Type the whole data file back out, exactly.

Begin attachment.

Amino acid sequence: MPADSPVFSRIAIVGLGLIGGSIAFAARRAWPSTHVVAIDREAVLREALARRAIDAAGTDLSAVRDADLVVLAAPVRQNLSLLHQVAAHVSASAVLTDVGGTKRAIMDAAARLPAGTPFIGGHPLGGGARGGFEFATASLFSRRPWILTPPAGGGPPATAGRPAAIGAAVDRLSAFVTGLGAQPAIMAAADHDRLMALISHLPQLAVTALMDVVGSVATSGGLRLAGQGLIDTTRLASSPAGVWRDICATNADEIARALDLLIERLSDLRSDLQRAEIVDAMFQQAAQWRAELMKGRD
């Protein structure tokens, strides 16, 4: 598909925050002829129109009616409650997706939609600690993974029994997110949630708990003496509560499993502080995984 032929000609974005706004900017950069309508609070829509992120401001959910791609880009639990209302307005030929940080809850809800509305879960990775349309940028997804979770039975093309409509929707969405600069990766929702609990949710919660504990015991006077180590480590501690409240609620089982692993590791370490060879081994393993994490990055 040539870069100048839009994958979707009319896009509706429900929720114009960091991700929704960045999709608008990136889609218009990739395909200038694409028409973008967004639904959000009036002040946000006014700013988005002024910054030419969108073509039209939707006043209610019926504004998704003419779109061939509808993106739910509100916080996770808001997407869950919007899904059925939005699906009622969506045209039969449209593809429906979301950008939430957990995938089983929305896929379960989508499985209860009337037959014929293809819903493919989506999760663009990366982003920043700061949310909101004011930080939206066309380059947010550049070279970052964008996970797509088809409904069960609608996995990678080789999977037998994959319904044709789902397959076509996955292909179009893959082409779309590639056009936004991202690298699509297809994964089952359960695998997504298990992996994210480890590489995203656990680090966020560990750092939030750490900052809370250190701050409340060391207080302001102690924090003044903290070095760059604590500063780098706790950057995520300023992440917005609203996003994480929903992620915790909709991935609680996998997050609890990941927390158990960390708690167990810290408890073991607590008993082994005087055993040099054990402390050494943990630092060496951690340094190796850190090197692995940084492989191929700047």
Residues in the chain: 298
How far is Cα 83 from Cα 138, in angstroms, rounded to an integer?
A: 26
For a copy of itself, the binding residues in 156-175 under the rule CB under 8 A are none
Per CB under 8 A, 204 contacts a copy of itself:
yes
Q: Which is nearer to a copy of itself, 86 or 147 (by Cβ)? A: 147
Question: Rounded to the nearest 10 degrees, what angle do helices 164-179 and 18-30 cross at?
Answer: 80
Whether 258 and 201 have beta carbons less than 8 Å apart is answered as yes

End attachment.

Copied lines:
Amino acid sequence: MPADSPVFSRIAIVGLGLIGGSIAFAARRAWPSTHVVAIDREAVLREALARRAIDAAGTDLSAVRDADLVVLAAPVRQNLSLLHQVAAHVSASAVLTDVGGTKRAIMDAAARLPAGTPFIGGHPLGGGARGGFEFATASLFSRRPWILTPPAGGGPPATAGRPAAIGAAVDRLSAFVTGLGAQPAIMAAADHDRLMALISHLPQLAVTALMDVVGSVATSGGLRLAGQGLIDTTRLASSPAGVWRDICATNADEIARALDLLIERLSDLRSDLQRAEIVDAMFQQAAQWRAELMKGRD
């Protein structure tokens, strides 16, 4: 598909925050002829129109009616409650997706939609600690993974029994997110949630708990003496509560499993502080995984 032929000609974005706004900017950069309508609070829509992120401001959910791609880009639990209302307005030929940080809850809800509305879960990775349309940028997804979770039975093309409509929707969405600069990766929702609990949710919660504990015991006077180590480590501690409240609620089982692993590791370490060879081994393993994490990055 040539870069100048839009994958979707009319896009509706429900929720114009960091991700929704960045999709608008990136889609218009990739395909200038694409028409973008967004639904959000009036002040946000006014700013988005002024910054030419969108073509039209939707006043209610019926504004998704003419779109061939509808993106739910509100916080996770808001997407869950919007899904059925939005699906009622969506045209039969449209593809429906979301950008939430957990995938089983929305896929379960989508499985209860009337037959014929293809819903493919989506999760663009990366982003920043700061949310909101004011930080939206066309380059947010550049070279970052964008996970797509088809409904069960609608996995990678080789999977037998994959319904044709789902397959076509996955292909179009893959082409779309590639056009936004991202690298699509297809994964089952359960695998997504298990992996994210480890590489995203656990680090966020560990750092939030750490900052809370250190701050409340060391207080302001102690924090003044903290070095760059604590500063780098706790950057995520300023992440917005609203996003994480929903992620915790909709991935609680996998997050609890990941927390158990960390708690167990810290408890073991607590008993082994005087055993040099054990402390050494943990630092060496951690340094190796850190090197692995940084492989191929700047």
Residues in the chain: 298
How far is Cα 83 from Cα 138, in angstroms, rounded to an integer?
A: 26
For a copy of itself, the binding residues in 156-175 under the rule CB under 8 A are none
Per CB under 8 A, 204 contacts a copy of itself:
yes
Q: Which is nearer to a copy of itself, 86 or 147 (by Cβ)? A: 147
Question: Rounded to the nearest 10 degrees, what angle do helices 164-179 and 18-30 cross at?
Answer: 80
Whether 258 and 201 have beta carbons less than 8 Å apart is answered as yes